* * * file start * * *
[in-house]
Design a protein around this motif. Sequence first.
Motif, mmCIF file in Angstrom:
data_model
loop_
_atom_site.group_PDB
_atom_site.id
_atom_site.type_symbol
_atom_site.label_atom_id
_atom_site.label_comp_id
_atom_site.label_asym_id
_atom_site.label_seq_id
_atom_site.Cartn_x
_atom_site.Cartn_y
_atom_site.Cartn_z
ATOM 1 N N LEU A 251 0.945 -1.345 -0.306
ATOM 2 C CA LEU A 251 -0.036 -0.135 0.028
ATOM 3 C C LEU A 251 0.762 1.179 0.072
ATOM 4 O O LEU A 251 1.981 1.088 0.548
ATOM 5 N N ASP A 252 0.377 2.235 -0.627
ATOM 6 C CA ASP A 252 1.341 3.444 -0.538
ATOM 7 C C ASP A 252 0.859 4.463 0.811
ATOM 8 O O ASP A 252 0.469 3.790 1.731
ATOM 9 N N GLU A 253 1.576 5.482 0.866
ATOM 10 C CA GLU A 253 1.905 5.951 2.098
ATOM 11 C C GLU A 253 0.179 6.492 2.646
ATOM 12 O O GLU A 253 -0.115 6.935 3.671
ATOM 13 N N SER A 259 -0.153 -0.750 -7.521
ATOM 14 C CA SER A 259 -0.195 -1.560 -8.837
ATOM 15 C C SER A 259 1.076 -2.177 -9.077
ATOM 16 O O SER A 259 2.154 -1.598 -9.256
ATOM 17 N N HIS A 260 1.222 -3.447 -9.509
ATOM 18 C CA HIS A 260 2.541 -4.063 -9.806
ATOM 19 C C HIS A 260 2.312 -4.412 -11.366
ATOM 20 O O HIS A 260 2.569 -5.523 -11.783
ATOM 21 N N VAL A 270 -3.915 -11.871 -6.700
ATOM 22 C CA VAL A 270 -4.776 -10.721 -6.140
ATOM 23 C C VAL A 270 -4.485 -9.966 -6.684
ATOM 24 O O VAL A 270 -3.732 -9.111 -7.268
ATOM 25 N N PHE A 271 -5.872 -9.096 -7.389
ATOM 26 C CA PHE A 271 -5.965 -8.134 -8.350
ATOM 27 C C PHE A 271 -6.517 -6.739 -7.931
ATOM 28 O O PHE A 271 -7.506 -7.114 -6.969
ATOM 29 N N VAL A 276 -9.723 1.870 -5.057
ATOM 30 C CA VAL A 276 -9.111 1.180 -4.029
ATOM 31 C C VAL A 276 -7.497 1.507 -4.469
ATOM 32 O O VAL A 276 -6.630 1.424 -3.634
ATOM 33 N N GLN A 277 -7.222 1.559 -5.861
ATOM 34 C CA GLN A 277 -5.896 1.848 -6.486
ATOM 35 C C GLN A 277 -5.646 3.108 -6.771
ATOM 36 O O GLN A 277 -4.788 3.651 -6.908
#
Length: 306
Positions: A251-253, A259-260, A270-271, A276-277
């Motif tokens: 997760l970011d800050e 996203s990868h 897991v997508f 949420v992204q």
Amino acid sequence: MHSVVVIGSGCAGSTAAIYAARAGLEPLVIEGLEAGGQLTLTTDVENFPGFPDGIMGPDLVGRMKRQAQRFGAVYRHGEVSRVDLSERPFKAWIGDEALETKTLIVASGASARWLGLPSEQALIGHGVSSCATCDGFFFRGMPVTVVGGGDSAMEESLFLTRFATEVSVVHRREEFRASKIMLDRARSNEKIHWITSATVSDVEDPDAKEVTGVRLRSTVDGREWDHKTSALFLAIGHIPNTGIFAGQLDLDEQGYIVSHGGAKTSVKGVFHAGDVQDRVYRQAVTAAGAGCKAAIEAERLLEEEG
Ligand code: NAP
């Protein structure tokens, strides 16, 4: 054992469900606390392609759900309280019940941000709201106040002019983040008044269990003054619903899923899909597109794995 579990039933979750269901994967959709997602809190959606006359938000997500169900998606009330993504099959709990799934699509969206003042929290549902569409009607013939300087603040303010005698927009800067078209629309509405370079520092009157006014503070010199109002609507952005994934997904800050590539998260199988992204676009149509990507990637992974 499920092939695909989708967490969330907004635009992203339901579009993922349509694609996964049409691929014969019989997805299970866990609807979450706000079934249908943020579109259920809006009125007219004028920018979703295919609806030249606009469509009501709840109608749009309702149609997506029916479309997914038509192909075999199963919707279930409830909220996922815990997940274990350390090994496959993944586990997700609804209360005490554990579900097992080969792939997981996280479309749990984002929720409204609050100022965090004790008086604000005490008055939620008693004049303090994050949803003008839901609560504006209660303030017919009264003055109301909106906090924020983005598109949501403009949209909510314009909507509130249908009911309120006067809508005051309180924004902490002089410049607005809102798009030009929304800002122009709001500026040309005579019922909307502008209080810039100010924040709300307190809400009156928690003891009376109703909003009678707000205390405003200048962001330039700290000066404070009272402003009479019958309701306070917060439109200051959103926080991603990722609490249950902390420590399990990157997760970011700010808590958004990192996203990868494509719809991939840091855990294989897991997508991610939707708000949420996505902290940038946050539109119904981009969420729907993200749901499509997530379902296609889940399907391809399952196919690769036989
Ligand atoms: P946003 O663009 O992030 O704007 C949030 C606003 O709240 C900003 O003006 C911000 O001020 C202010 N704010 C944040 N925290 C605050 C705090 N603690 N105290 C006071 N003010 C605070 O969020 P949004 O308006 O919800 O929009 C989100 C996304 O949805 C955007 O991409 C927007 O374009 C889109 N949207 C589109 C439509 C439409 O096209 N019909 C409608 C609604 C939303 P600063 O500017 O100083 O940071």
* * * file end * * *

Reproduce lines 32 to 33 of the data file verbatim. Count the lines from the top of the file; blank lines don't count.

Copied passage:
ATOM 17 N N HIS A 260 1.222 -3.447 -9.509
ATOM 18 C CA HIS A 260 2.541 -4.063 -9.806